June 14, 2012

Editing a novel

In the early days of this blog, I wrote a lot about the process of writing fiction. How do you write a novel? How do you create a character? How do you write dialogue? What makes a scene work? If you click on the tag "writing process" below, you'll see those posts. The truth is that I've been learning how to write a novel as I wrote one. I find the same is true of editing.

At first, I edited the entire book from start to finish. This is a necessary process and it helps you to become familiar with the scope of your book. You get to see it in one fell swoop, in other words. But while this is definitely helpful, I found that no matter how many times I went through the book, I was still changing things. This gets to you after the 40th pass through the book. It really does.

Right now, I'm completing the final stage of editing my horror novel, Xmas Carol. (Yes, I'm still editing the book; what can I say? It needs it.) I'm doing the editing differently now. What I do is edit a chapter -- and immediately edit it again, and then again, and again. I do this until I'm completely satisfied with the chapter. Then I mark that chapter done and move on to the next. This seems to be working in a way that whole-book editing never did. I'm now happy with the first nine chapters of the book. It's only got 12 chapters, so I'm almost there.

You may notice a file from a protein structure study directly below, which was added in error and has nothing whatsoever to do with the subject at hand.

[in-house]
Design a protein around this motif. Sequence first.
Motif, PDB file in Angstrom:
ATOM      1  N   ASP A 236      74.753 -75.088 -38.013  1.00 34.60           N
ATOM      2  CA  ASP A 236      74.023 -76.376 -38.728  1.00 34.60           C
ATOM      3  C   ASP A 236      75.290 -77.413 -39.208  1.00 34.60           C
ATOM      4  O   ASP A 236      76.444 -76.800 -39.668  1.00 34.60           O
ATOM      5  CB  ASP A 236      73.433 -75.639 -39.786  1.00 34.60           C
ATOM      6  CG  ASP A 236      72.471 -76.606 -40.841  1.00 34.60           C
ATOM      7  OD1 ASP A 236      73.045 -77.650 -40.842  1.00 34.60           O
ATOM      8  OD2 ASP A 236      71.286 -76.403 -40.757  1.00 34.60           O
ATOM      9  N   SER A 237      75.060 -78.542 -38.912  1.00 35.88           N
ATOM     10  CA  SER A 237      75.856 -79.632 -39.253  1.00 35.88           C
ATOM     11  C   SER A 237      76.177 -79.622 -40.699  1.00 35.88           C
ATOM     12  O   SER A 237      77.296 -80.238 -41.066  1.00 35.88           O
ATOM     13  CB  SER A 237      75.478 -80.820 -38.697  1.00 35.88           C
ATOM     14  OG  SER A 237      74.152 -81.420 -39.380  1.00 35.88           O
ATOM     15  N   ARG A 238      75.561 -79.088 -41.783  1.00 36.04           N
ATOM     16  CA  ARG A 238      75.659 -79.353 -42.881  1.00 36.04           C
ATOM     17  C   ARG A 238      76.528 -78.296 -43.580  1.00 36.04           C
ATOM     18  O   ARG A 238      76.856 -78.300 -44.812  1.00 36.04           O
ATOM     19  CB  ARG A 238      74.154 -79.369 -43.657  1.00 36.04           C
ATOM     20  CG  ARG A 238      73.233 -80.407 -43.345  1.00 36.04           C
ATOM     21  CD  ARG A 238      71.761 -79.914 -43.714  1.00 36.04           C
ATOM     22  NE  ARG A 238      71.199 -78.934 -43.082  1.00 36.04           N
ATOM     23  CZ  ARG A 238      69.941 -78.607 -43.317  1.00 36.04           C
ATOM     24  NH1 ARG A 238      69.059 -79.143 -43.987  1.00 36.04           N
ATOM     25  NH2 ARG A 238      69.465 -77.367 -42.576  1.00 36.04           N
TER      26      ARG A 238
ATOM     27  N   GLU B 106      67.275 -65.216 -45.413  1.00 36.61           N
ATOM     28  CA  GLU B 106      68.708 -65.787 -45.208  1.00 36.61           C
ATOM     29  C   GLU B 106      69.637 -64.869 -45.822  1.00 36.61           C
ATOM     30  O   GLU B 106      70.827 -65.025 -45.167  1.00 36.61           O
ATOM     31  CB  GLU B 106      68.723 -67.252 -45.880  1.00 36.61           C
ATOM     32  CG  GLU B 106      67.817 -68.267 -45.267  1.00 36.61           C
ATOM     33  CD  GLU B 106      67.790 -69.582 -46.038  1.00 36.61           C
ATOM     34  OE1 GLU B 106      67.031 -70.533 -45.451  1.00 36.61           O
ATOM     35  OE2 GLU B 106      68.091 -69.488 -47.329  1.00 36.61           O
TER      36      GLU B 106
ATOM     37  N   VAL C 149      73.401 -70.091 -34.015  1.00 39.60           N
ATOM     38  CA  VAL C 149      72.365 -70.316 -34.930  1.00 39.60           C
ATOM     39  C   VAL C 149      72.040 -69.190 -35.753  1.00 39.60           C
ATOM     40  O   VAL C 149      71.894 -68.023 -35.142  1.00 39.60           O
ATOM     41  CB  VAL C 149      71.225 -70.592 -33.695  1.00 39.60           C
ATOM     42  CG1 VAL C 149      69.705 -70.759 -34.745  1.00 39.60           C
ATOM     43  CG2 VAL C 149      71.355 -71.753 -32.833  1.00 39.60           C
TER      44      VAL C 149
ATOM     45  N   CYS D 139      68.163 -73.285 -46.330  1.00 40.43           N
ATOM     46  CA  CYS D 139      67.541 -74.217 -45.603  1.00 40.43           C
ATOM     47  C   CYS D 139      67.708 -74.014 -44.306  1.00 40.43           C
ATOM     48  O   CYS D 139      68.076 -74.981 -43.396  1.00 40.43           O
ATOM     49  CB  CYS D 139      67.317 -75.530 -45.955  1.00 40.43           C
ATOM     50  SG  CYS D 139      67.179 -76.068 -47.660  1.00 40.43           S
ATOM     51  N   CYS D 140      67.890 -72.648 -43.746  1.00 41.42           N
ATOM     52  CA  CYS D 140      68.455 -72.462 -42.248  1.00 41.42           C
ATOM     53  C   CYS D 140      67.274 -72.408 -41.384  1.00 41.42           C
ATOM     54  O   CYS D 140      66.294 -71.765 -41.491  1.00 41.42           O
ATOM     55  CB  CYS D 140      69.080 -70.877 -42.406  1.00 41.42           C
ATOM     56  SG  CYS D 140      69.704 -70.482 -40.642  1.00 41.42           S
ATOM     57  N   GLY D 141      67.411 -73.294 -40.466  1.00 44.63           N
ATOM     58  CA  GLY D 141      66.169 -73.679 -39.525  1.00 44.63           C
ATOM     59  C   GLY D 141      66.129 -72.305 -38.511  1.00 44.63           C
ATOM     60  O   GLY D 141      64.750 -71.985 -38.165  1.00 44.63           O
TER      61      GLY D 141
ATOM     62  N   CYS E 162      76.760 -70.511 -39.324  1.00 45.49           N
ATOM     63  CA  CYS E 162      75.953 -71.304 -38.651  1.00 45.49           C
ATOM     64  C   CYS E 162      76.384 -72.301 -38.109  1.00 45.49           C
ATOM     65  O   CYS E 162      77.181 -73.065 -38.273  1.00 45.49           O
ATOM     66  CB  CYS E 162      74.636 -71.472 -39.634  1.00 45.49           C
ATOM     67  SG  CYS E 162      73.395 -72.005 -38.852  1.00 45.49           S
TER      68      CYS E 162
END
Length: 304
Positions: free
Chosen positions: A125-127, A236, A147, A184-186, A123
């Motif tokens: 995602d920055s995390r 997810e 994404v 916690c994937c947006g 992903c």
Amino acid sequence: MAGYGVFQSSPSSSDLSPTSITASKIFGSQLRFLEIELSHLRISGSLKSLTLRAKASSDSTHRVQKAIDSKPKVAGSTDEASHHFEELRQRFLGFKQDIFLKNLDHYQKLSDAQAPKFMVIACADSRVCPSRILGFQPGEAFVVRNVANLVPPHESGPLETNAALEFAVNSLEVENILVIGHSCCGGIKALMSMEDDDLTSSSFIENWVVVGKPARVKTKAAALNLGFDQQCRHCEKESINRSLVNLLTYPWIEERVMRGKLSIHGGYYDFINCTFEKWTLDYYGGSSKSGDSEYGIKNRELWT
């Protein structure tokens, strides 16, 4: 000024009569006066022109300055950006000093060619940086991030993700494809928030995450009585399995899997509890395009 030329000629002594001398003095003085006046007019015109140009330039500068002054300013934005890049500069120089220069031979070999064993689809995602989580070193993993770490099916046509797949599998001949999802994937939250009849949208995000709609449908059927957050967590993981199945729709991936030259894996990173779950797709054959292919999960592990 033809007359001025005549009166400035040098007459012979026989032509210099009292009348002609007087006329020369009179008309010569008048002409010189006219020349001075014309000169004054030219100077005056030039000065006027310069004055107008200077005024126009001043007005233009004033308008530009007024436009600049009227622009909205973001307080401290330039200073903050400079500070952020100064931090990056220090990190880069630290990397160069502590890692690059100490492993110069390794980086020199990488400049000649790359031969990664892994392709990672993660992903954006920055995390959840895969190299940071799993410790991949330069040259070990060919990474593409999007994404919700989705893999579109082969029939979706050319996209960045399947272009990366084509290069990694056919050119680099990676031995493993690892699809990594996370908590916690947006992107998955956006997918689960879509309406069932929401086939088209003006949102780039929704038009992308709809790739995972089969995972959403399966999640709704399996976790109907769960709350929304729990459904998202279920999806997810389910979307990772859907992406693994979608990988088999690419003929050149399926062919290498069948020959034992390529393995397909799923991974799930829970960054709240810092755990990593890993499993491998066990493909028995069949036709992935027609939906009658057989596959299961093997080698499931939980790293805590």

I'm not sure how other fiction writers handle the editing process but this seems to be the way I do it. I'd love to hear from other writers. How did you edit your book?

As for regular readers who are dying to get their hands on Xmas Carol, I promise the book will be out by July. I swear. I'm almost there. Woot!

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